Advance of the next issue: 17
Horror vacui is a Latin expression that means fear of emptiness. In psychology, it can become a condition of the mind called cenophobia: the pathological fear of emptiness or void. Cenophobia derives from two Greek words: kenós, emptiness, and phobos, fear.
In the history of art, horror vacui is related to the need to completely cover the empty surface, space or paper of a work of art. This aesthetic trend gains most strength in architecture, decoration, design…
Horror vacui has been experienced for centuries and throughout all human communication but has been accentuated at the end of the last century and the beginning of the twenty-first century.
The baroque in eclecticism and postmodernism, and the hyperconnectivity of the Internet era have loaded the physical space and the ether of images, words, sounds and have led us to what philosopher Gillo Dorfles called “the (un)civilisation of noise” in his penultimate book.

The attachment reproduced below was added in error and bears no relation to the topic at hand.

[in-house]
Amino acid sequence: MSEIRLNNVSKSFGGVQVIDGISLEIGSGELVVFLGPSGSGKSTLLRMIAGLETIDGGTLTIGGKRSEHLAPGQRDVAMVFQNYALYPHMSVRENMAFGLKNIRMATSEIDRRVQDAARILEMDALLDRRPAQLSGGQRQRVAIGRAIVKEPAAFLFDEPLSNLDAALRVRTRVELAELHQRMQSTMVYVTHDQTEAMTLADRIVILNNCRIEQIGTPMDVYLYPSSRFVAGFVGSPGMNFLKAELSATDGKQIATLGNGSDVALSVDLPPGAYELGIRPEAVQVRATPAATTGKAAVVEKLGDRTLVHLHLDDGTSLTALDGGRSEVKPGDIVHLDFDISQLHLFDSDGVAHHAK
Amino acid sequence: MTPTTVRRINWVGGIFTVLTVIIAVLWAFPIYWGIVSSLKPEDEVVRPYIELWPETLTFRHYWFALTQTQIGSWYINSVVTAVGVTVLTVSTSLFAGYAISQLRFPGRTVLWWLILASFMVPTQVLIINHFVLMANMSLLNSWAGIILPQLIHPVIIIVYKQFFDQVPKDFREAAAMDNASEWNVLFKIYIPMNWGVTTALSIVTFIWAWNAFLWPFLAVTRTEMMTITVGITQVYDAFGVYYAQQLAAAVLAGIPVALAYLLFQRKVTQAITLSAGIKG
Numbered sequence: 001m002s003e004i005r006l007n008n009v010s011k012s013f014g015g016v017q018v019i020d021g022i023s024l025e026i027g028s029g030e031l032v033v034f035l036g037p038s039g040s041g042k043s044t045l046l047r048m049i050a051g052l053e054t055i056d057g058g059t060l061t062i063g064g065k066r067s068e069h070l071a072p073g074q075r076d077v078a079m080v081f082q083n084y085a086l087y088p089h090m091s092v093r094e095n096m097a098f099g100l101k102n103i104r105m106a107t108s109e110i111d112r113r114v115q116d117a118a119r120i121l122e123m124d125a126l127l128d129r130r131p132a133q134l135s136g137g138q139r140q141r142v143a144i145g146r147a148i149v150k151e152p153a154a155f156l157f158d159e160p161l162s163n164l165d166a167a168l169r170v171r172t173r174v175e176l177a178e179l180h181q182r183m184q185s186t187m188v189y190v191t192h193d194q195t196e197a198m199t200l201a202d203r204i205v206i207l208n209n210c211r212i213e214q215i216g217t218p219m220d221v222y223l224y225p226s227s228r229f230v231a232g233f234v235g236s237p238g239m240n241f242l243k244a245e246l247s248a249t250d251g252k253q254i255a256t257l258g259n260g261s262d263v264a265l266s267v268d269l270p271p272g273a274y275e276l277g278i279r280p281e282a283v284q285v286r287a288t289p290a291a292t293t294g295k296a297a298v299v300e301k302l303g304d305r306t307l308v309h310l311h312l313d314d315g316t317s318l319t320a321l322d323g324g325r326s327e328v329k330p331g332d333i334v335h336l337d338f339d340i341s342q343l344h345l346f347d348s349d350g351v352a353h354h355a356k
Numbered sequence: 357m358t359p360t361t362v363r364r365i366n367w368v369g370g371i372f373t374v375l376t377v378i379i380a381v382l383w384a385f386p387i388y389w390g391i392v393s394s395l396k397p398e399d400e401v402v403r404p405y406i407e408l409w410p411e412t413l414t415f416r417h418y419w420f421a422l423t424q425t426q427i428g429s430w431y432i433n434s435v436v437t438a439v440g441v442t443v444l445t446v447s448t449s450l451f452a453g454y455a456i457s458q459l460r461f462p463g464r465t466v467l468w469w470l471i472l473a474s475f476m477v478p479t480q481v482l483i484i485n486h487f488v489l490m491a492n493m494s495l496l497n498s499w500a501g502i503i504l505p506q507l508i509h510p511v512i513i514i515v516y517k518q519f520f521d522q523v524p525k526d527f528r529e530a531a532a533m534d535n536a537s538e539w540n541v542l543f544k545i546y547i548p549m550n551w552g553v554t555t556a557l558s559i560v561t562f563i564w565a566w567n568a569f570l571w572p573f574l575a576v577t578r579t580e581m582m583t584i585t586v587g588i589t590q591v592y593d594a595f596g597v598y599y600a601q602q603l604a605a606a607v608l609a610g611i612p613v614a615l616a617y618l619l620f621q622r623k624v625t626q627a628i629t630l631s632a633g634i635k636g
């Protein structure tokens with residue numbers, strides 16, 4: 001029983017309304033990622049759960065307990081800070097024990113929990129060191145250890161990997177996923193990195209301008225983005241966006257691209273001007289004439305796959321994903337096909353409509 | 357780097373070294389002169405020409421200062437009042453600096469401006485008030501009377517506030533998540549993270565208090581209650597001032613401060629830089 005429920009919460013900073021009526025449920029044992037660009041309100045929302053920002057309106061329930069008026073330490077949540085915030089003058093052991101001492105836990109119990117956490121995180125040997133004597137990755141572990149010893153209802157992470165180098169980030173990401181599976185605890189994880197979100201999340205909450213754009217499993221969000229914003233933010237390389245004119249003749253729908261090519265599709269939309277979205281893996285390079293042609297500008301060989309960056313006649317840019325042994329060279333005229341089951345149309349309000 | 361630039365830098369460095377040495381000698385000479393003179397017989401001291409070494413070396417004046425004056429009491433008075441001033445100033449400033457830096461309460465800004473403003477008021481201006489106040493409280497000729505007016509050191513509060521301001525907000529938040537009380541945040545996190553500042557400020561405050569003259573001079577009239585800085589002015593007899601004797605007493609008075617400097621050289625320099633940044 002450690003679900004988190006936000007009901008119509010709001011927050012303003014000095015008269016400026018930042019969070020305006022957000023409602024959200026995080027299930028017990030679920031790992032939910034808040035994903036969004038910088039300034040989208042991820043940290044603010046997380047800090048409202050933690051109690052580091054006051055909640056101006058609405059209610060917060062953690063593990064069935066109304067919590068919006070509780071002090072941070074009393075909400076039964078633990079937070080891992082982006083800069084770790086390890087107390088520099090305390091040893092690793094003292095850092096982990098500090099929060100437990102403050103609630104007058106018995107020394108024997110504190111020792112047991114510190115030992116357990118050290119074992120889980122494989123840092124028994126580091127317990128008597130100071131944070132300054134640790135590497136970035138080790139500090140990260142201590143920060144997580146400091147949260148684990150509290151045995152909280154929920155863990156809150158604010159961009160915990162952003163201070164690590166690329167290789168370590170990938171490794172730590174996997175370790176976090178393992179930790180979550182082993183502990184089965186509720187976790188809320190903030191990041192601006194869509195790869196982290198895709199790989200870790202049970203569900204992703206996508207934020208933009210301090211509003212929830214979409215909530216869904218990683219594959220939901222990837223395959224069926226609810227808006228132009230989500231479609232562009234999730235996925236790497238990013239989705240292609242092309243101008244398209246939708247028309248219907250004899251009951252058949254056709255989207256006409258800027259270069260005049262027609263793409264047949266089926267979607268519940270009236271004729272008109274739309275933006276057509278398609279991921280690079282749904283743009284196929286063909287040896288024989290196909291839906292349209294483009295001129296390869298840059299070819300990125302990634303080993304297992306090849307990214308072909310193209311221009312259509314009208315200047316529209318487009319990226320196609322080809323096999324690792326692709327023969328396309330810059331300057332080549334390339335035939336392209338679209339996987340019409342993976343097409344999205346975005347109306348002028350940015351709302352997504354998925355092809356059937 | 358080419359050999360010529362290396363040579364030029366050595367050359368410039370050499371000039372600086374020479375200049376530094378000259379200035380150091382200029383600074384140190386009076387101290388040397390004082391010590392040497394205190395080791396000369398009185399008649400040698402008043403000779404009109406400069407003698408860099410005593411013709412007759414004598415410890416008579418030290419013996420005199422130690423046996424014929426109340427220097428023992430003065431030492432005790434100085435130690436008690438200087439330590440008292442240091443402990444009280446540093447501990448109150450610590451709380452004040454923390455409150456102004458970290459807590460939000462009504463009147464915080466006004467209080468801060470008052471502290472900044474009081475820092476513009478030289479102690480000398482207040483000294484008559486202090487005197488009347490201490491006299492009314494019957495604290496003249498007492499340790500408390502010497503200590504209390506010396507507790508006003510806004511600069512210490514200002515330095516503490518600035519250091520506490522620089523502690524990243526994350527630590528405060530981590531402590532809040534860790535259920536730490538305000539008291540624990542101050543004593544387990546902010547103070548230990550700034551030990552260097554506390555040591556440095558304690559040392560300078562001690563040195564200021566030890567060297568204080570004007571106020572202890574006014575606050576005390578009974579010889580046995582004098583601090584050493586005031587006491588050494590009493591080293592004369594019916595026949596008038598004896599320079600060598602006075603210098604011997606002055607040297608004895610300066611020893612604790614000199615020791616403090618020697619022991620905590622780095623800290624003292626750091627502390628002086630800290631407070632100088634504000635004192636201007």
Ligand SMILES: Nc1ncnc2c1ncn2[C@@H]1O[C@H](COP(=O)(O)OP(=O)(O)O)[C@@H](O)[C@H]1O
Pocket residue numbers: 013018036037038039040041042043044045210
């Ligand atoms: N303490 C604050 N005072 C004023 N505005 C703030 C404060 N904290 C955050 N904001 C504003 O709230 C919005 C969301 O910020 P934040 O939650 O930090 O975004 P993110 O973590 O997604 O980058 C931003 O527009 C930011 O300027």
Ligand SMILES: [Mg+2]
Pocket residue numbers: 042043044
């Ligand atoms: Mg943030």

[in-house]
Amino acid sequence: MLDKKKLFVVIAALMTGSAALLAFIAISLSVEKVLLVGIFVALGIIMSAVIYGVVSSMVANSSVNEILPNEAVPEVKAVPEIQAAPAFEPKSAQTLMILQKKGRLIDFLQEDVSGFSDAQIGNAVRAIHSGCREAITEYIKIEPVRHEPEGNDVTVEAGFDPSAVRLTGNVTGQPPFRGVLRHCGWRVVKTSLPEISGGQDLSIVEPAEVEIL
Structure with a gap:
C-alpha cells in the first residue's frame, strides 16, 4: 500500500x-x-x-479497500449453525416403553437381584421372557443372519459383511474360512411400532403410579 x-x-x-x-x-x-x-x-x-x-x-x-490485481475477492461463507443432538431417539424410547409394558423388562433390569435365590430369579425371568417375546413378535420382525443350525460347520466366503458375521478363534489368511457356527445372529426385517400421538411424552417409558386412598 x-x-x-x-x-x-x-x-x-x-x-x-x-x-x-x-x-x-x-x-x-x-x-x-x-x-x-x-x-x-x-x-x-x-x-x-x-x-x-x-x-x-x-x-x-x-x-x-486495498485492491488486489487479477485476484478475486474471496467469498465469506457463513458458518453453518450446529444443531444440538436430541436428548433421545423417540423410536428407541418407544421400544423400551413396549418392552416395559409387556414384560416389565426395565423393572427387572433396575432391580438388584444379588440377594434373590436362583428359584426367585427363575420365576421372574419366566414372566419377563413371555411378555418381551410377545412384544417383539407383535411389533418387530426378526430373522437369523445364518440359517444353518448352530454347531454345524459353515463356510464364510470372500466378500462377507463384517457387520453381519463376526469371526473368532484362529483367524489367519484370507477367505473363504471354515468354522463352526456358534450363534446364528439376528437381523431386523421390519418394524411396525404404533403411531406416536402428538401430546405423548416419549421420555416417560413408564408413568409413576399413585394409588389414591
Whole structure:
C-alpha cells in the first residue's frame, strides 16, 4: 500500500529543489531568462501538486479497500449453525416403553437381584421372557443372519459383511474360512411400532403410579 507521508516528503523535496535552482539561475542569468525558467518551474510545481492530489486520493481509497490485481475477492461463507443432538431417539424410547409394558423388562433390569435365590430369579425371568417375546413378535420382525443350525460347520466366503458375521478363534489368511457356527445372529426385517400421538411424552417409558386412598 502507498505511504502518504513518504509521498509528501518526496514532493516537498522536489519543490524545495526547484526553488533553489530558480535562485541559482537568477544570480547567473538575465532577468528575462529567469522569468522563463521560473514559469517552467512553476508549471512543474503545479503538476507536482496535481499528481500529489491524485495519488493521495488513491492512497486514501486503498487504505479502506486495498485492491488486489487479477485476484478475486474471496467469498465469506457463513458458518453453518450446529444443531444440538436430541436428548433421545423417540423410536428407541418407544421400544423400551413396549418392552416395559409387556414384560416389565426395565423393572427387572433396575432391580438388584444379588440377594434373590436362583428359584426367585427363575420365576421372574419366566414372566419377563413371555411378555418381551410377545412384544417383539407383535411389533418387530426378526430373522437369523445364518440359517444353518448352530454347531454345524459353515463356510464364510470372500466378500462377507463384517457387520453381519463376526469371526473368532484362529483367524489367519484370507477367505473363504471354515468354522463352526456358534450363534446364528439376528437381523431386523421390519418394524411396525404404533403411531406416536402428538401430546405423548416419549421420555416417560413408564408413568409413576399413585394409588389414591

This phenomenon gives rise to hyperinformation, to the extent of being poisoning, toxic, not only in the art sphere but also in informative communication; the so-called “infoxication or information overload”.
In everyday life there is also an increasing desire to photograph and record everything, to be constantly communicating everything in the culture of Instagram, snapchat, selfie, WhatsApp, Facebook. There is an unstoppable desire to produce and reproduce images in an unrestrained way, to keep everything: every image, every thought, every piece of information, not only by individuals but also companies, public bodies… They are all intent on classifying and storing data.
In economics, this could easily be called overproduction. The surplus or the excess of rubbish seems to be the result of an overperformance of man, an excess of activity, of flight forward, of horror vacui.
In this issue, we invite you to publish your thoughts about infoxication, but also about any phenomenon and human experience related to communication and the development of horror vacui.